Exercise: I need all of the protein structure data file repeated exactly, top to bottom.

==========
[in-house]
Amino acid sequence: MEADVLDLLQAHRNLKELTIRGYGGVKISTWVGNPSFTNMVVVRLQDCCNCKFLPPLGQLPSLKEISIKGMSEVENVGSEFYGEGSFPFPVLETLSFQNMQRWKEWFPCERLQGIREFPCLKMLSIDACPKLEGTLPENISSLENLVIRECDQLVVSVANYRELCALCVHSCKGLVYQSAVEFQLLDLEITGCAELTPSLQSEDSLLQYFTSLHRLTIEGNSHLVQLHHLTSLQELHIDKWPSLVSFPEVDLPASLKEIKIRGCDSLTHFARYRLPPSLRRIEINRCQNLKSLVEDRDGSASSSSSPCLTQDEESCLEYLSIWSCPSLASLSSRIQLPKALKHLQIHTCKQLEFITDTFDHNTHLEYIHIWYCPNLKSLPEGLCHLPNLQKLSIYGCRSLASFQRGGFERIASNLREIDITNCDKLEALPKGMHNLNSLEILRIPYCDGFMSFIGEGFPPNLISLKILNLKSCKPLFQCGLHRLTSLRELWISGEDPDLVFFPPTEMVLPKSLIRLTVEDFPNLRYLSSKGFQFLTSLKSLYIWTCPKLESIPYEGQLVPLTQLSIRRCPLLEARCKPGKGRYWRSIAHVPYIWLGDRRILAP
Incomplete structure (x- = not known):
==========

[in-house]
Amino acid sequence: MEADVLDLLQAHRNLKELTIRGYGGVKISTWVGNPSFTNMVVVRLQDCCNCKFLPPLGQLPSLKEISIKGMSEVENVGSEFYGEGSFPFPVLETLSFQNMQRWKEWFPCERLQGIREFPCLKMLSIDACPKLEGTLPENISSLENLVIRECDQLVVSVANYRELCALCVHSCKGLVYQSAVEFQLLDLEITGCAELTPSLQSEDSLLQYFTSLHRLTIEGNSHLVQLHHLTSLQELHIDKWPSLVSFPEVDLPASLKEIKIRGCDSLTHFARYRLPPSLRRIEINRCQNLKSLVEDRDGSASSSSSPCLTQDEESCLEYLSIWSCPSLASLSSRIQLPKALKHLQIHTCKQLEFITDTFDHNTHLEYIHIWYCPNLKSLPEGLCHLPNLQKLSIYGCRSLASFQRGGFERIASNLREIDITNCDKLEALPKGMHNLNSLEILRIPYCDGFMSFIGEGFPPNLISLKILNLKSCKPLFQCGLHRLTSLRELWISGEDPDLVFFPPTEMVLPKSLIRLTVEDFPNLRYLSSKGFQFLTSLKSLYIWTCPKLESIPYEGQLVPLTQLSIRRCPLLEARCKPGKGRYWRSIAHVPYIWLGDRRILAP
Incomplete structure (x- = not known):